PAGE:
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Detecting asbestos in the home

Recent studies have found asbestos to be potentially lethal to human health. In fact, a number of fatalities caused by respiratory diseases were attributed to asbestos exposure. It is due to this discovery that regulations on handling asbestos have been enforced to prevent further casualties.

While the mere presence of asbestos do not immediately inflict harm on people, the risk of being exposed to its fibers is a danger to great to discount. Because asbestos was once widely integrated in building materials  as a strengthening agent, the presence of asbestos in the home is a concern for many homeowners today. 

Houses built before the 1990s are more likely constructed from asbestos-laden materials. For homeowners looking to renovate their homes, it is best to confirm the presence of asbestos before embarking on any major home improvement project. Below is a list of some potential sources of asbestos in the home. 

SURFACES

Walls and closed decks that resemble a thick gray cardboard may contain asbestos. In the past exterior surfaces were sometimes made with a fire retardant sheeting in the form of asbestos paper. It is not an immediate threat when left untarnished and in good condition but renovations or remodeling activities could release fibers in the process. It is best to seek the assistance of trained experts to remove the asbestos paper. 

In some cases, walls and ceiling surfaces may have been sprayed with asbestos-containing materials. In the event that the surface produces powder or dust by hand pressure, it is recommended to enlist the help of professionals prior to any further action. A sample may be sent to a lab for analysis, only then will a experts recommend the best course of action to take.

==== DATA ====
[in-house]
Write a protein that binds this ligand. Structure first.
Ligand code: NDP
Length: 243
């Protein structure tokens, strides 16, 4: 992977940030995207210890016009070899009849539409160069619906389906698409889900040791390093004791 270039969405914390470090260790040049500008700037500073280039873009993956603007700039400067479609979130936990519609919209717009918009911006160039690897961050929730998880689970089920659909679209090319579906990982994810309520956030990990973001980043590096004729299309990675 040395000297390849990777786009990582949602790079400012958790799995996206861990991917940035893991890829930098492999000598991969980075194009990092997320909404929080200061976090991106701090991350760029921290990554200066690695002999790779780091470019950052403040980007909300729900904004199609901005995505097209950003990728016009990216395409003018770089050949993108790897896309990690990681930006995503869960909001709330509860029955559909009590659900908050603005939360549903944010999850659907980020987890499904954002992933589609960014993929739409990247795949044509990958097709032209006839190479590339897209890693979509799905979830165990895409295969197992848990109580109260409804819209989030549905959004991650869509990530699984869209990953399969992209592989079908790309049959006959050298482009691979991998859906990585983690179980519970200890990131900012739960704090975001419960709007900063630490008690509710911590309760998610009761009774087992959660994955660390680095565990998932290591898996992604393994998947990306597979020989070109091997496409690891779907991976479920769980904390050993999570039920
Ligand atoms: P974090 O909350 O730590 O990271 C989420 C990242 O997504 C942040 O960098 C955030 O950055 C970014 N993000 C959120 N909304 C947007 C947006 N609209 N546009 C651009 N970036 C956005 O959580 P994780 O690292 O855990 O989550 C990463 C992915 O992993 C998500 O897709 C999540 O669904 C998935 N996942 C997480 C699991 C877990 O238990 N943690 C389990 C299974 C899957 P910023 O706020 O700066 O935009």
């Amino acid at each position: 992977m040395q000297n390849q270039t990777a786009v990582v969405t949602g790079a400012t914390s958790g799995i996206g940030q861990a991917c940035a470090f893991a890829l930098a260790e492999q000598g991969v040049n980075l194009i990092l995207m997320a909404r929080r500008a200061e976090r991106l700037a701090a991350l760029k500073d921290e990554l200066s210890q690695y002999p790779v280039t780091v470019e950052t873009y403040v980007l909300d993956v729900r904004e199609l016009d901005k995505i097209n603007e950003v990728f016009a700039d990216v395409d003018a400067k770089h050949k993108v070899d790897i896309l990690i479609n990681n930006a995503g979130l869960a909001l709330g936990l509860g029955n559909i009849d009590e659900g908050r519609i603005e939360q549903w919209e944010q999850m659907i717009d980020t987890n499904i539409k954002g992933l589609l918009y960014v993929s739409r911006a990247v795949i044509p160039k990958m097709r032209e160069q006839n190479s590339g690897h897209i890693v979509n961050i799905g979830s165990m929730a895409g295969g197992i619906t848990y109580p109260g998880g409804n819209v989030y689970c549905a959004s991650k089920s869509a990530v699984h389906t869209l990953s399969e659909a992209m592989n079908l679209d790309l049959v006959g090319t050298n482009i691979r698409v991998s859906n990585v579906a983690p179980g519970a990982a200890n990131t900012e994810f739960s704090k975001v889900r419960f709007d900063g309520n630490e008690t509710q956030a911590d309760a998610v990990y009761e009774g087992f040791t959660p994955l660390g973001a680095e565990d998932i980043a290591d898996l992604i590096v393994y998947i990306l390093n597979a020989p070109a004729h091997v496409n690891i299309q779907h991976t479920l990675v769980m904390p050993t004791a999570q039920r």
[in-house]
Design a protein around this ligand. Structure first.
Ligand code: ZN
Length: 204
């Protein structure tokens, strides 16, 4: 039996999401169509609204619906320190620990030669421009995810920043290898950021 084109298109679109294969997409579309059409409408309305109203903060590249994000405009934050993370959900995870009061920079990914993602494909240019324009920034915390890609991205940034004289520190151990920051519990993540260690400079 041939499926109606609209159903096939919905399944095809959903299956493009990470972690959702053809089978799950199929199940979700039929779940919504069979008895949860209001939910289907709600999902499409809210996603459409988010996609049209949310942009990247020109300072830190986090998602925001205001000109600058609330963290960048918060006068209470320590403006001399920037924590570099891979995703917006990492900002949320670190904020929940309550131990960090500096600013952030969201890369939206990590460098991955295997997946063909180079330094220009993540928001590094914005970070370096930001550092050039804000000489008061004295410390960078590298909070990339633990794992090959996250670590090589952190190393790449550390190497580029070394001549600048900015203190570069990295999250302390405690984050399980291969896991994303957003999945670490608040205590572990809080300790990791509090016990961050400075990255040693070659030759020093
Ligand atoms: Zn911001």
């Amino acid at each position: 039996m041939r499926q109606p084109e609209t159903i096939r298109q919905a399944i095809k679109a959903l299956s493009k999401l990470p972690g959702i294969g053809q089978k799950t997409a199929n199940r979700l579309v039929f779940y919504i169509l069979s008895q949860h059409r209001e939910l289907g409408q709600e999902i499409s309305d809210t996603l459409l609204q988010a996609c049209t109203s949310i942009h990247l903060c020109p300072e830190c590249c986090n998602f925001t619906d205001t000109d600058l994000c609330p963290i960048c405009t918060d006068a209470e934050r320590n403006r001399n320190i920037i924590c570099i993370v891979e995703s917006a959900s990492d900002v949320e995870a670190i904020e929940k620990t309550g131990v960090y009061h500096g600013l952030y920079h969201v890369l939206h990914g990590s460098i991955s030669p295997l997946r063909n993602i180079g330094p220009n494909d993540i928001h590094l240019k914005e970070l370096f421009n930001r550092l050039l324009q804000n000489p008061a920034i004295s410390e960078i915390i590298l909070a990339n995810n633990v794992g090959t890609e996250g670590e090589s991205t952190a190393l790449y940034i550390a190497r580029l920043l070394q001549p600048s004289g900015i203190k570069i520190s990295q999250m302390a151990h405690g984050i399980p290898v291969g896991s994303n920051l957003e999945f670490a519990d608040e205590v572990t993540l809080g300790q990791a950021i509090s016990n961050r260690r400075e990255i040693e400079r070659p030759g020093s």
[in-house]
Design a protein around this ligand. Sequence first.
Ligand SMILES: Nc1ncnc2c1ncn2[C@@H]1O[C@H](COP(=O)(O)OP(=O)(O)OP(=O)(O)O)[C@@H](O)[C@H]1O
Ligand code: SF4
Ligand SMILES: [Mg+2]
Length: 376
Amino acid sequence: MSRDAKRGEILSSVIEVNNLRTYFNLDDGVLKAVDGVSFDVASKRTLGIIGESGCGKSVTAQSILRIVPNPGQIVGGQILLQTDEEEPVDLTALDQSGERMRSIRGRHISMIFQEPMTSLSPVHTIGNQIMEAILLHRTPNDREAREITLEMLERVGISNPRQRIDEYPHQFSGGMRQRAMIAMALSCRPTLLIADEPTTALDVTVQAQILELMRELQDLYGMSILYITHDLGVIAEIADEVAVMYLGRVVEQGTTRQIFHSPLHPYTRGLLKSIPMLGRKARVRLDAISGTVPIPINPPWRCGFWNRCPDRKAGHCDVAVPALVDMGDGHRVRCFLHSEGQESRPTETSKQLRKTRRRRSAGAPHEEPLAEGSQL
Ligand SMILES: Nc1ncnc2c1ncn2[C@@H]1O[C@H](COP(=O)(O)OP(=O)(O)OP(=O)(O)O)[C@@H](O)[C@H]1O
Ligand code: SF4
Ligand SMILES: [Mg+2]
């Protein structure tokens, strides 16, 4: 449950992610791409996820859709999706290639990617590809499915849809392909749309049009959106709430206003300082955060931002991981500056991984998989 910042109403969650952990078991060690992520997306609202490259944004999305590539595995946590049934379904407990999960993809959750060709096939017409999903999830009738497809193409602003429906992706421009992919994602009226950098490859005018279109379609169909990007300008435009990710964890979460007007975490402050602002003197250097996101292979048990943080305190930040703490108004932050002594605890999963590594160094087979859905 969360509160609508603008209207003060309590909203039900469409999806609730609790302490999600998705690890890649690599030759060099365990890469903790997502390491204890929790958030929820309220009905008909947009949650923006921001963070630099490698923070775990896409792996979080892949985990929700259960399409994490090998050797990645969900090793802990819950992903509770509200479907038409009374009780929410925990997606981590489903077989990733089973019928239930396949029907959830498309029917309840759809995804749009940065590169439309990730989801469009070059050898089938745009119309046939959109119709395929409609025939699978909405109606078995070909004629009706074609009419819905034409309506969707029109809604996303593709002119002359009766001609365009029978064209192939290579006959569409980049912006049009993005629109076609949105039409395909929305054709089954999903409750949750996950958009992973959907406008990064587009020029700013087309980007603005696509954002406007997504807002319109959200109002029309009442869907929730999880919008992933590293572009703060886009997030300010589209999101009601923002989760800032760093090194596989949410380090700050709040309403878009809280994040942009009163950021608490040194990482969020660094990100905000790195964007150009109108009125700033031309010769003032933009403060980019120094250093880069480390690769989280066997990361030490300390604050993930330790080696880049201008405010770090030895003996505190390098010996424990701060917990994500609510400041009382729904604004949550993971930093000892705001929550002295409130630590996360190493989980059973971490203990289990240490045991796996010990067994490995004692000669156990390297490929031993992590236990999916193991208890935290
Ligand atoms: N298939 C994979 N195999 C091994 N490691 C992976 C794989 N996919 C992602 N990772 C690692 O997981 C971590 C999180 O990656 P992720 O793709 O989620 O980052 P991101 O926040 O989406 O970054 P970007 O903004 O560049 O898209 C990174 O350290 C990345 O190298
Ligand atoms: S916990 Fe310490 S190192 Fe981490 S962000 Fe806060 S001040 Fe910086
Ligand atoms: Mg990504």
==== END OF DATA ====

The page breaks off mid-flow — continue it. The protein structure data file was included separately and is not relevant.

INSULATION

Thermal insulation in older houses usually have loose blown-in and batt insulation that have been known to contain asbestos. This is usually detected in spaces that require protection from the temperatures outside. Common areas include walls, floor, attic or spaces between joists and rafters. These areas are generally safe when left untouched, renovation and repair work however calls for the attention of trained contractors. 

FLOOR COVERINGS

Building materials in the past was infused with asbestos to add to its strength and durability. Sheet vinyl, vinyl tile, and vinyl adhesive are examples of these asbestos-containing products. Like most parts of the home that contain asbestos, it is considered harmless unless damaged or remodeled. Should there be a need to replace or repair these flooring products, it is important to have as little contact as possible. The most convenient approach to damaged flooring is to directly place the new floor over the old one. Although, this means the asbestos remains inside the house. To completely eliminate the risk, it is best to have experts handle the asbestos-containing material. Ensure your professional has undergone HAZWOPER certification from OHSA-accredited institutions to avoid the possibly lethal consequences of asbestos exposure.